In the final article I finish the series about the IoT hackathon project by explaining the server side component of the system. Admittedly, it is the smallest part and I intentionally chose to make it trivially simple. 4 days of project of work is not infinite, after all. I think it took me roughly 4-6 hours to set everything up.

The project source code is available at github. You’re welcome.

Overall server-side design

I knew that reverse engineering might take longer to complete. I wasn’t even sure I would succeed. Hence, I decided to design the backend as simple as possible. I chose to avoid writing my own service, storage and visualization. Instead, I chose to rely on Amazon IoT, Lambda and CloudWatch AWS components. The goal was to only write code that streams the data into Amazon and then configure everything else in the management console. This would also be a nice exercise in trying out AWS components and IoT-related APIs I haven’t had a chance to work with.

The interface between my program and Amazon services was handled by Amazon IoT. Amazon IoT is a set of components to facilitate communication with Internet-connected devices. There is a component to receive messages and another component (called “IoT rules”) to route messages to various destinations. Amazon IoT supports a popular messaging MQTT protocol that is designed to be used in high-latency and unreliable networks for small sensors and mobile devices.

My overall goal was to just send the data and somehow display it. I chose Amazon CloudWatch as the visualization solution. CloudWatch is component for watching and reacting to service metrics (such as uptime, error rates). It is, however, possible to define custom metrics. So I have setup my own “RPM” and “Throttle” metrics.

To forward messages from Amazon IoT to CloudWatch I used another Amazon component called Lambda. Lambda lets define functions to be triggered on various events. The functions themselves can be written in multiple programming languages such as Java, Python, JavaScript and others. My Lambda function would be triggered by an incoming IoT message and it would then forward the value as a CloudWatch metric.

Overall, I ended up with a “serverless” backend. In other words, I avoided writing my own service and having to deal with deployments, data storage and visualization. If I had more time I would have done things differently.

Amazon IoT setup

To start with Amazon IoT it’s necessary to create a new “thing” and then download a bunch of certificates to be used in communication. I found a library for Java called Paho for the MQTT communication. Java doesn’t support SSL certificates in the PEM format so I had to use a library called BouncyCastle and a snippet I found online to make it work.

Once defined, sending and receiving messages is easy. Amazon also provides testing tools built into the management console to troubleshoot and try things out. After checking that messages successfully reach Amazon I defined a rule that passes received data to a Lambda function:

Amazon CloudWatch

To visualize real-time data I chose an unorthodox solution to display them in a monitoring component. Clearly, CloudWatch is designed with a different purpose in mind. It’s not built as a visualization tool. Still, it was good enough for the prototype. To display custom metrics it’s necessary to define them. That’s currently possible only through AWSCLI tool or the API:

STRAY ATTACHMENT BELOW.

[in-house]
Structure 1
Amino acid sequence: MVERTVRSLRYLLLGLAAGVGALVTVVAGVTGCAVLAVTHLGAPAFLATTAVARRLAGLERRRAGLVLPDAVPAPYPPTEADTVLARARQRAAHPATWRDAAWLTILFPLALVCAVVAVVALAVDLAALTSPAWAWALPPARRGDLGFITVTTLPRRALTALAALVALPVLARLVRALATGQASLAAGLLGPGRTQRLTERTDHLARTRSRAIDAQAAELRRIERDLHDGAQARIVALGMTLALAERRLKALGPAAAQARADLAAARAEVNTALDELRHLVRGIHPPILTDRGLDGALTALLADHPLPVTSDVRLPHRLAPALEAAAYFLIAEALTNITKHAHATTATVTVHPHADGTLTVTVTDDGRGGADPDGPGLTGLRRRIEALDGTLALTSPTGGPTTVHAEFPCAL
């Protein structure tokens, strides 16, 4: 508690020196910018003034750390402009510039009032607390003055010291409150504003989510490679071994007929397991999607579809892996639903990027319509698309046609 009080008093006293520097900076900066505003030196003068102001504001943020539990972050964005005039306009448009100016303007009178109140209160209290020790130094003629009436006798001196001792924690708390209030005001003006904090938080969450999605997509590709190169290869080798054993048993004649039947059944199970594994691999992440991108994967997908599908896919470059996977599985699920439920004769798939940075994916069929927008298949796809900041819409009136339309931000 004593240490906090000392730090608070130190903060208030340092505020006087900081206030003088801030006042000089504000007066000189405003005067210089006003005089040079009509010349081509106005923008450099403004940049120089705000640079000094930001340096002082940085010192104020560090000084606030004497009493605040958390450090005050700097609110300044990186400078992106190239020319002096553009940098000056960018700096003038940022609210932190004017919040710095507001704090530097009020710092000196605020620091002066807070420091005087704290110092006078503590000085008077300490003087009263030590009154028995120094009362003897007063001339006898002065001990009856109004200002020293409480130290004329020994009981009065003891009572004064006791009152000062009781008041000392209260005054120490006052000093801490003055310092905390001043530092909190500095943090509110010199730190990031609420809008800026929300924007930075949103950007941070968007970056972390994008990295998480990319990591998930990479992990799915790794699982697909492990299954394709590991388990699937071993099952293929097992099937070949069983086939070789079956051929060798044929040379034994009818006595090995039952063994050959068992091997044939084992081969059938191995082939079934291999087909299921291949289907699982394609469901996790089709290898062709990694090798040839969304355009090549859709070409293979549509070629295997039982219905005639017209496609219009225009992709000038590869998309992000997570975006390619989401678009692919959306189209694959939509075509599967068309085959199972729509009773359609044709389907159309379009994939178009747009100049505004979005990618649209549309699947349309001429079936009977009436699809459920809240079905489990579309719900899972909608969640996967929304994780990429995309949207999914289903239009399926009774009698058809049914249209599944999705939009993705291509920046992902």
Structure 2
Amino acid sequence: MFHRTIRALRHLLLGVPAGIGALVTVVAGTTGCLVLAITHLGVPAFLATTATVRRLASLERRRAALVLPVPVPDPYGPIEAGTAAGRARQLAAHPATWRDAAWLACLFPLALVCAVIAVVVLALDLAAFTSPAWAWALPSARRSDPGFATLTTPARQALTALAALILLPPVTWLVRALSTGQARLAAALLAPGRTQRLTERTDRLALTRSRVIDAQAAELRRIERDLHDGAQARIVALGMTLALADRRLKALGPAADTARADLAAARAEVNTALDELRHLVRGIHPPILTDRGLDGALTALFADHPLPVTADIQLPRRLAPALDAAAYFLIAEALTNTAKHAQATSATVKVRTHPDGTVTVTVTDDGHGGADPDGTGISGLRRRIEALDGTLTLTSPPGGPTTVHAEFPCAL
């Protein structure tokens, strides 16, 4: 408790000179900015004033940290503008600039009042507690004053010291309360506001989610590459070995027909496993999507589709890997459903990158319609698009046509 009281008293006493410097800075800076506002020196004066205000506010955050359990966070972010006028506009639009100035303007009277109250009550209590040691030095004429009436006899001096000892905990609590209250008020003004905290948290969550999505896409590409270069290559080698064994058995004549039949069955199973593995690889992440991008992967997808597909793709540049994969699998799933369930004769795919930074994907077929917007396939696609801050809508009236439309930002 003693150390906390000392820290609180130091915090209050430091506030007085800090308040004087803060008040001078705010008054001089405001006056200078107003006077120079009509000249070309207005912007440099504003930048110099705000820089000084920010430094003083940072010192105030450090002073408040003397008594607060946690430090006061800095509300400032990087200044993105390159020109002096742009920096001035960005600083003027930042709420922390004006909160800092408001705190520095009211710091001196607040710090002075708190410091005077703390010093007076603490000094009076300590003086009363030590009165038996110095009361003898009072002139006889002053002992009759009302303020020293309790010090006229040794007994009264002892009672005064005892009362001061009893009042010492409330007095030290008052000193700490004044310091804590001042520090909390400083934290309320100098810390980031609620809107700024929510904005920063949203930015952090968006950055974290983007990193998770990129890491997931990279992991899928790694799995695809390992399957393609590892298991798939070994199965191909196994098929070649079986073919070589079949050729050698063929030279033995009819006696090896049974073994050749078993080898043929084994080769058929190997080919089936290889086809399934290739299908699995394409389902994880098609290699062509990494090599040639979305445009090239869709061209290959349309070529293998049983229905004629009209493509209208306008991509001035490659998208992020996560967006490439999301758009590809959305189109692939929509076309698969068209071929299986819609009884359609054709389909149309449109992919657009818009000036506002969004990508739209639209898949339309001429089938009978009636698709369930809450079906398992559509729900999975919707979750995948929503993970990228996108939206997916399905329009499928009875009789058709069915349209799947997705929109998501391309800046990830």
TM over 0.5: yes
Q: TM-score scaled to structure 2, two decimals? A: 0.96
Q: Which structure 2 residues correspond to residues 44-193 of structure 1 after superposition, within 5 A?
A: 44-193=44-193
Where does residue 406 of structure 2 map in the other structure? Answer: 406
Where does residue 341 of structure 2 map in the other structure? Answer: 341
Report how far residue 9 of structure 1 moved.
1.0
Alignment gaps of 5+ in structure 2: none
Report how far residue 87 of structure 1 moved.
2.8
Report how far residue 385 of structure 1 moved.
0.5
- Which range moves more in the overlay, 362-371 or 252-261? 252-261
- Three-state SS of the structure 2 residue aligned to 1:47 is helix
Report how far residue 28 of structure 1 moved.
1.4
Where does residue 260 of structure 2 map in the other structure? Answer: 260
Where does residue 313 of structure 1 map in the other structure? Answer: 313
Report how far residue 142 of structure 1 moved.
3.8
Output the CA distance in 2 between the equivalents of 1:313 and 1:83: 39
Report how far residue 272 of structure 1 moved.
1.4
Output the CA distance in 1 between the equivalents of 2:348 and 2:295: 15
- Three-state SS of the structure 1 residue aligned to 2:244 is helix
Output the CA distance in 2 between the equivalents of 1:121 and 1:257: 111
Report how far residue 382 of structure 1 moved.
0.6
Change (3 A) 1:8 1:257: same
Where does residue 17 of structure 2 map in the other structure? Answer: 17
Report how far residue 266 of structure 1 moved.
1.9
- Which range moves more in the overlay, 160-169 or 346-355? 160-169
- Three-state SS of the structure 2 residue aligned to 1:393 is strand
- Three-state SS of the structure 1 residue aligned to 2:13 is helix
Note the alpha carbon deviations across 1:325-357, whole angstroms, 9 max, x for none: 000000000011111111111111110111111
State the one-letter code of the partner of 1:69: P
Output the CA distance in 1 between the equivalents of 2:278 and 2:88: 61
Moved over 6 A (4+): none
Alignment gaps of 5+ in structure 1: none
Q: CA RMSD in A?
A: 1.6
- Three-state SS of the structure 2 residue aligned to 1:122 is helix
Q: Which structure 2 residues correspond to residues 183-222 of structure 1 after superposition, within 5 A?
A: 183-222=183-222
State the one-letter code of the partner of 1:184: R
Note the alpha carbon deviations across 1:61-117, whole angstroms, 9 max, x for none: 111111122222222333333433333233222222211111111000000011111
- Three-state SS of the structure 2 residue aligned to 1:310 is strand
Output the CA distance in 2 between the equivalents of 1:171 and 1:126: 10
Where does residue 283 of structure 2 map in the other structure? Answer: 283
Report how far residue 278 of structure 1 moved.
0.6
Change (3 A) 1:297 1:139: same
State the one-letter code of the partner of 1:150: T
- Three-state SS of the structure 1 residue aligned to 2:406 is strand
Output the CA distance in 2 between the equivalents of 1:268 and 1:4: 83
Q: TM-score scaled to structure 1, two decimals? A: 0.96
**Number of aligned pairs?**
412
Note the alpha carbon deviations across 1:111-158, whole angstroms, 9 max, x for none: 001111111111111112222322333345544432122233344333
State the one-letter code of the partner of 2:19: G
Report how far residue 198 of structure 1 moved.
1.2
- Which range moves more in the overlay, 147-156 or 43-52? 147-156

$ aws --profile=private cloudwatch list-metrics
$ aws --profile=private cloudwatch put-metric-data --metric-name RPM --namespace KTMDuke390 --unit Count --value 0
$ aws --profile=private cloudwatch put-metric-data --metric-name Throttle --namespace KTMDuke390 --unit Count --value 0

The custom metrics can be then seen in CloudWatch console:

Amazon Lambda

Amazon Lambda connects the other two components together. I defined a function in JavaScript that takes the message received by Amazon IoT (the message is in JSON format, by the way) and stores it as a metric in CloudWatch. Here’s the code I wrote:

var AWS = require('aws-sdk');
var cloudwatch = new AWS.CloudWatch();

exports.handler = (event, context, callback) => {
    console.log('Received event:', JSON.stringify(event, null, 2));
    var params = {
        MetricData: [{
            MetricName: event.type,
            Timestamp: new Date(Date.parse(event.timestamp)),
            Unit: 'Count',
            Value: event.value
        Namespace: 'KTMDuke390'
    cloudwatch.putMetricData(params, function(err, data) {
        if (err) console.log(err, err.stack); // an error occurred
        else     console.log(data);           // successful response

    callback(null, 'OK');

It’s worth to mention that I needed to give the role account of the Lambda function access rights to CloudWatch. Otherwise, it fails.

Closing words

As you see, working with AWS is not complicated. I managed to get from no AWS account to everything in roughly a day’s work. I also managed to achieve all this using their free tier so I paid 0$. I don’t like how the data is displayed and the client is not very efficient (messages could be batched together, for example). The biggest improvement would come from better presentation. I’d like to use D3.js, which is a powerful visualization library.

In any case I completed the project goals I had set for myself: my KTM motorcycle was connected to the Internet, even if briefly. Of course, the improvement possibilities are boundless. I hope you enjoyed reading the series. I definitely enjoyed working on this project. Don’t forget that the source code is published at github, in case you’re interested in further Power Commander 5 hacking.